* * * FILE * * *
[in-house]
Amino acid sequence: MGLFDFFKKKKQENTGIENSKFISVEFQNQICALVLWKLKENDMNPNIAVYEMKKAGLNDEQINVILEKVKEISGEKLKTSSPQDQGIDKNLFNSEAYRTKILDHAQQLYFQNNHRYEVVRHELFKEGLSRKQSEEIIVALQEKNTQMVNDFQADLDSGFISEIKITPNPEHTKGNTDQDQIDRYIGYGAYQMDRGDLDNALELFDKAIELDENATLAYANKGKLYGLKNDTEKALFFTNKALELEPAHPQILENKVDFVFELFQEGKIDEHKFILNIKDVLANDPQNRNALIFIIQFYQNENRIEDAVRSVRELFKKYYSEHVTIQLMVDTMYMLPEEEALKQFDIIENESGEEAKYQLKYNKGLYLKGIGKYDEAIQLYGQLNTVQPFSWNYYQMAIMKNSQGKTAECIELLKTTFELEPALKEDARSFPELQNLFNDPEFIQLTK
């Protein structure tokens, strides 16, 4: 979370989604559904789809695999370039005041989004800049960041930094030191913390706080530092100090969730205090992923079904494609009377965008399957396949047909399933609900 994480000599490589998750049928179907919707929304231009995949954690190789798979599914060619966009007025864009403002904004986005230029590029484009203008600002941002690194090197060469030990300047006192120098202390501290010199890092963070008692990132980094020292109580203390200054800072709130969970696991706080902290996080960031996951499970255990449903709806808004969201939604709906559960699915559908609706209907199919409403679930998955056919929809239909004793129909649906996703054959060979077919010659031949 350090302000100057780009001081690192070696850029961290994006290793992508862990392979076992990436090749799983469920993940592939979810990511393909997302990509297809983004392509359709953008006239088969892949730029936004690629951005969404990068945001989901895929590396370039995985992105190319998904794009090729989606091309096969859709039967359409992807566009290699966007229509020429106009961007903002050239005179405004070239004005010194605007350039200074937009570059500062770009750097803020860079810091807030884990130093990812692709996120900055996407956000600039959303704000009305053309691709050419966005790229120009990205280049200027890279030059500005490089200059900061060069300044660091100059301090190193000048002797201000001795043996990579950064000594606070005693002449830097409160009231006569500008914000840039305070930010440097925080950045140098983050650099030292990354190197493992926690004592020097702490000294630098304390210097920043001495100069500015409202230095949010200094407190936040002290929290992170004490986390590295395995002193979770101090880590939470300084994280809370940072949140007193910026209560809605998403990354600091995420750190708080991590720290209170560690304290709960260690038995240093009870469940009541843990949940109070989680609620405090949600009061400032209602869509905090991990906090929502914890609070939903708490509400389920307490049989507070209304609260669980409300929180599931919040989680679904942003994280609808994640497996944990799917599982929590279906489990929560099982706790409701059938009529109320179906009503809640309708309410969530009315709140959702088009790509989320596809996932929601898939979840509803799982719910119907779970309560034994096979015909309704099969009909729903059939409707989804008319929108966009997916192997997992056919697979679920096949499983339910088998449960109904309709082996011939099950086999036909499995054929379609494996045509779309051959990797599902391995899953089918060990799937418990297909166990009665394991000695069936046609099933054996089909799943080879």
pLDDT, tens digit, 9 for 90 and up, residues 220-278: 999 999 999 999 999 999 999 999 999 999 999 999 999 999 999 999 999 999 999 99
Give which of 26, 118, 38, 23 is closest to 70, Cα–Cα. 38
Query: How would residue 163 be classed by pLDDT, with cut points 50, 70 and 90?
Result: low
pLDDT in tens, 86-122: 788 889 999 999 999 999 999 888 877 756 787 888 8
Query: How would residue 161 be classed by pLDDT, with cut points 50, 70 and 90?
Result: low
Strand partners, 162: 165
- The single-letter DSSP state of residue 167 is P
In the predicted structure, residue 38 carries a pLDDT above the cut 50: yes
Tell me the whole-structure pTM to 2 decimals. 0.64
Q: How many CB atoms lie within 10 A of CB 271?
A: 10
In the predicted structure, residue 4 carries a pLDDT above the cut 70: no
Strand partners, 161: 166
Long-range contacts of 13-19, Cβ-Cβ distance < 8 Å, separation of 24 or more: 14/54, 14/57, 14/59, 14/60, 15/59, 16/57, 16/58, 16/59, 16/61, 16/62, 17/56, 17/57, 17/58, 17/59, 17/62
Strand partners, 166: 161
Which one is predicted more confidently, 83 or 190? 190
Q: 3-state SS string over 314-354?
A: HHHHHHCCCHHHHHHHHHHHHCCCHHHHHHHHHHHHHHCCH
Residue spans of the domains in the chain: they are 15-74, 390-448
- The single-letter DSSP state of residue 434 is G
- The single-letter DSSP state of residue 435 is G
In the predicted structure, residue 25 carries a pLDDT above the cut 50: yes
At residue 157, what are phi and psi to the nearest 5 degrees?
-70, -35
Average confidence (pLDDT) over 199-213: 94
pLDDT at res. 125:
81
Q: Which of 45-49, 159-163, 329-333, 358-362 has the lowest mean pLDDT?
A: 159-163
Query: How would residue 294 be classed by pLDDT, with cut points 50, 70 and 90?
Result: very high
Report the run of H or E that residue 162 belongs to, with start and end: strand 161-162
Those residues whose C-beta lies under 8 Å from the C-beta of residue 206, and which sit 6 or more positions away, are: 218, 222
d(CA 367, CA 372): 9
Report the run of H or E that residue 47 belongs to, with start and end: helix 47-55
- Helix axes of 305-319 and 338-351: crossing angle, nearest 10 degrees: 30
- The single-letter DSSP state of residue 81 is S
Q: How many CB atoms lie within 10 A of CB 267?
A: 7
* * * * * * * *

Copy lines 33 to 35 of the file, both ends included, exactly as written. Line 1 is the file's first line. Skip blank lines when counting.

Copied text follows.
Q: Which of 45-49, 159-163, 329-333, 358-362 has the lowest mean pLDDT?
A: 159-163
Query: How would residue 294 be classed by pLDDT, with cut points 50, 70 and 90?